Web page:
Speculative science (“fairy tale science”) in physics, cosmology, and economics

Richard Mattessich, Giuseppe Galassi

Resumen


The paper juxtaposes two recent books dealing with reality issues in a broad sense. The first of these, by Baggott (2013,) examines and criticizes the historically increasing trend to base scientific conclusions on mathematical hypotheses and logical consistency rather than on empirical evidence -- Bagott calls this trend “fairy tale science”. The second book, Tegmark (2014),i defends the opposite view – it considers Mathematics as identical to Reality and promotes increasing reliance of modern physics and cosmology on mathematical assumptions and logical consistencies rather than empirical evidence -- defending such controversial conclusions that we live in one of infinitely many parallel universes with numerous alter egos of each of us. But this is not a book review of Baggott (2013) and Tegmark (2014); its aim is to draw attention to the fact that social scientists are not the only scholars blamed for paying too much attention to model building and too little to empirical confirmation. This, ought to be of enormous interest to financial scholars; it may even be a consolation to some of them for emphasizing mathematical consistency rather than empirical confirmation. But our examples (from “speculative science” in finance) illustrate that such a trend caused staggering losses during the financial crisis of 1997-1998 (of Japan and Russia) and serious threats to the entire World Economic System during the crisis of 2007-2008.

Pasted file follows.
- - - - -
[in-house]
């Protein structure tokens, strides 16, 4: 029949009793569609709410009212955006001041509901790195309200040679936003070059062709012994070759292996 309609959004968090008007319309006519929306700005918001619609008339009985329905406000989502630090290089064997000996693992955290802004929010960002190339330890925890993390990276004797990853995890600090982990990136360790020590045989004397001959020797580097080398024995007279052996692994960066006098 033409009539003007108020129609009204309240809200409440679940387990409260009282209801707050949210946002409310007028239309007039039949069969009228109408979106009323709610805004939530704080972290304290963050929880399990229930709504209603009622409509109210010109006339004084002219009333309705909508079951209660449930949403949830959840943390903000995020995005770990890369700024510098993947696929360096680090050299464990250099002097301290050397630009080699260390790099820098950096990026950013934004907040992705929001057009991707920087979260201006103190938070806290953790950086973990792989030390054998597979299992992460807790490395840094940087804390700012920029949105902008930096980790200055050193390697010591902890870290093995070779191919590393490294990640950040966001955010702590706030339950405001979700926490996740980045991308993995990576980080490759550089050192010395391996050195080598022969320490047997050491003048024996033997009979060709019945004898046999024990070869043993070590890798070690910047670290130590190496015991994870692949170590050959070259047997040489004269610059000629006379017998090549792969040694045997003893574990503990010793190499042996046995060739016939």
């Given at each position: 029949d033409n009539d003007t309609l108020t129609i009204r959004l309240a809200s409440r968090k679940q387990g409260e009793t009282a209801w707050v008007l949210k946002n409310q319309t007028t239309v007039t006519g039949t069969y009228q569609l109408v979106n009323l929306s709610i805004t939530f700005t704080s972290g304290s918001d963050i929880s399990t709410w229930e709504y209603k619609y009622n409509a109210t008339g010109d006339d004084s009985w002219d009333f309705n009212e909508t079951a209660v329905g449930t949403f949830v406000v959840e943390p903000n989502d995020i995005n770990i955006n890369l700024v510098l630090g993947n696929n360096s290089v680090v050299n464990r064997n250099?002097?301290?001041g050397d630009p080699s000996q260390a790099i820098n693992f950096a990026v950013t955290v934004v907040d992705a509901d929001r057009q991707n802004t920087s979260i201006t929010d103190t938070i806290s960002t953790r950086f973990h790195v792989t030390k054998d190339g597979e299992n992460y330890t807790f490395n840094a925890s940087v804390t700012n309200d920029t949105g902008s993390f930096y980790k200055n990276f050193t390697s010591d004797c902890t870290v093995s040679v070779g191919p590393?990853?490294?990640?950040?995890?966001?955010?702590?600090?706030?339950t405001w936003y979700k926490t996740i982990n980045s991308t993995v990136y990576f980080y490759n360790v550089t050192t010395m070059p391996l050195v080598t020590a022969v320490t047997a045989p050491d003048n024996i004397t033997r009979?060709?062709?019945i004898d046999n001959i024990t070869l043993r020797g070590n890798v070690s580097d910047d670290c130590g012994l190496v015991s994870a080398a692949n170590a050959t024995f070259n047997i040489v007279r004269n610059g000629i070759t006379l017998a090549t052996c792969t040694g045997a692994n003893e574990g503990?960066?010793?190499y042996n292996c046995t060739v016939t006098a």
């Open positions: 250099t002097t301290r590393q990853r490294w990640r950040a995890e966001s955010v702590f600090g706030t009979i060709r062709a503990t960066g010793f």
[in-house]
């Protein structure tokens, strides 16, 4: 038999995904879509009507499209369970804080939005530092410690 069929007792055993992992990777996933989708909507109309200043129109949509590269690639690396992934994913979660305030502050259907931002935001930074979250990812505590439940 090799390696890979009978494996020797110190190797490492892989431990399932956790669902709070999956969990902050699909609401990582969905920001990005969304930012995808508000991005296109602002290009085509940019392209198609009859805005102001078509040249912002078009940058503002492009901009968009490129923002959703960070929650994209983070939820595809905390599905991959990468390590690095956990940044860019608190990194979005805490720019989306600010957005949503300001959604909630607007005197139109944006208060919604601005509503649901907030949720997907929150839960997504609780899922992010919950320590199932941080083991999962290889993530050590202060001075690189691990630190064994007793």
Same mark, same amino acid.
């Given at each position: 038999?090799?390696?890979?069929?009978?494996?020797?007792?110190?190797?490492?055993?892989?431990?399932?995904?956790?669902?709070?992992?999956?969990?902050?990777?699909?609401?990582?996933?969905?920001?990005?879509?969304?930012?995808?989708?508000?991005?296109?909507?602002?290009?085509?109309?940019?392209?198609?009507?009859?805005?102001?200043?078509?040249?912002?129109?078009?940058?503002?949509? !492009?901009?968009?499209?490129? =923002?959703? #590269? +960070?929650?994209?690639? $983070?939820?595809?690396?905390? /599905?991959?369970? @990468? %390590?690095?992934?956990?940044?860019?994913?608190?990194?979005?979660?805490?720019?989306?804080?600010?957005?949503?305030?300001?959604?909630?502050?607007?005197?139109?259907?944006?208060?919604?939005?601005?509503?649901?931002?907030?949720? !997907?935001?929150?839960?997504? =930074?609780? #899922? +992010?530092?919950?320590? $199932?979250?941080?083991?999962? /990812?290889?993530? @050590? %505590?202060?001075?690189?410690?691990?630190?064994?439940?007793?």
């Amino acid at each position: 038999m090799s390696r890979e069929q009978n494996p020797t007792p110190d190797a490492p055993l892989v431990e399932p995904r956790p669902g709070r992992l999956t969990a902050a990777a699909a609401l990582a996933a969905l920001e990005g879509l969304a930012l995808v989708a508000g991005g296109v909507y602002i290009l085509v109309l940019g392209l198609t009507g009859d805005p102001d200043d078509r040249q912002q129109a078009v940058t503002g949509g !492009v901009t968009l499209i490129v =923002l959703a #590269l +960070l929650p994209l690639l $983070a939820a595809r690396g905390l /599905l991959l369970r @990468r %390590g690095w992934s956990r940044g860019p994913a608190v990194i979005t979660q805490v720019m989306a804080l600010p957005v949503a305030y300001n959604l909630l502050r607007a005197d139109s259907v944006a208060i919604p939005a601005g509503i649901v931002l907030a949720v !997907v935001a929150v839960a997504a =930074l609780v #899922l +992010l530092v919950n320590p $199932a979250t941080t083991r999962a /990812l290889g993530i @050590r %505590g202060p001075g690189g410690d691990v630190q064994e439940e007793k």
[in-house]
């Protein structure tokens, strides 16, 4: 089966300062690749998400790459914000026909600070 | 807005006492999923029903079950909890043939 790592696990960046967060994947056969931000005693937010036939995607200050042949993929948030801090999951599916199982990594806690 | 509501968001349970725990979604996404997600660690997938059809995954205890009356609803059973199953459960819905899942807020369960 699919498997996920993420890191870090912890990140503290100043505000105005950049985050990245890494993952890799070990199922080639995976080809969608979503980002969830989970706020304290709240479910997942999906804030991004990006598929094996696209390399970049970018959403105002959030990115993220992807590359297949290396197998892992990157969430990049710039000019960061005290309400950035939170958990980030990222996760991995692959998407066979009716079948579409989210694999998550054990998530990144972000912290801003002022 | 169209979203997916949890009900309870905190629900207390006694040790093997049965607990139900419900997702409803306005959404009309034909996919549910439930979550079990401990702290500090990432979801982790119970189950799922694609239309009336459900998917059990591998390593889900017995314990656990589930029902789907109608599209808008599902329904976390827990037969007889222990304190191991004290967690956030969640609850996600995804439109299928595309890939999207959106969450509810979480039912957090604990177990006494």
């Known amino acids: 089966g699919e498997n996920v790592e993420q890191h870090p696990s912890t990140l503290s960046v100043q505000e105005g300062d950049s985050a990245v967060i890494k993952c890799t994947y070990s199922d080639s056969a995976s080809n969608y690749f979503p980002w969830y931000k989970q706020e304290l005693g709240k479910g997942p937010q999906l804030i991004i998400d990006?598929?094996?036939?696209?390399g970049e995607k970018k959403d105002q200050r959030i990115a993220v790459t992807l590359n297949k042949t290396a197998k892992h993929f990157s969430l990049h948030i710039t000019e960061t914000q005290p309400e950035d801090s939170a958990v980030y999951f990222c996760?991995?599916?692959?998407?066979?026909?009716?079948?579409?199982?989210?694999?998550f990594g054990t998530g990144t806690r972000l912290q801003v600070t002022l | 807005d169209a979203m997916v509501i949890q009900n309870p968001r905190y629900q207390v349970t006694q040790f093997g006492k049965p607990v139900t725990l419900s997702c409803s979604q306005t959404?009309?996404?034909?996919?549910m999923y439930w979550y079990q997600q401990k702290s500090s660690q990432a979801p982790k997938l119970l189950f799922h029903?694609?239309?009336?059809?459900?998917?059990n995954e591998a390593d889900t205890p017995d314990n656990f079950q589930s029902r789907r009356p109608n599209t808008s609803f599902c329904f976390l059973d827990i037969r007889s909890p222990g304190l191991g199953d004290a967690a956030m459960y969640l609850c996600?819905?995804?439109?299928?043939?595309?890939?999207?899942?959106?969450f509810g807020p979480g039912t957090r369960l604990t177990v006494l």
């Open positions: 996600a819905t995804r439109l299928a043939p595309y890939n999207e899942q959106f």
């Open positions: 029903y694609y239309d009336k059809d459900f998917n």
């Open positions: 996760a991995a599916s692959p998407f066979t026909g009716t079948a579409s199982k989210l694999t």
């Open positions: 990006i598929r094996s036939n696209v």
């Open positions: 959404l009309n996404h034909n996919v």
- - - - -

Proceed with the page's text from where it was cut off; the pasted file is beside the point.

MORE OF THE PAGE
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DOI: http://dx.doi.org/10.26784/issn.1886-1881.v13i25.251

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Copyright (c) 2016 Richard Mattessich, Giuseppe Galassi

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Este obra está bajo una licencia de Creative Commons Reconocimiento-NoComercial-CompartirIgual 4.0 Internacional.

Electronic ISSN:1886-1881

Índices y Bases de Datos: Emerging Sources Citation Index 2015 Web of Science (Clarivate Analytics) Google Académico, MIARDIALNETREDIBEC3LATINDEX (Catálogo 2.0)ULRICHSERIH PLUSBusiness Source Complete (EBSCOhost) e IN-RECS (hasta 2009).

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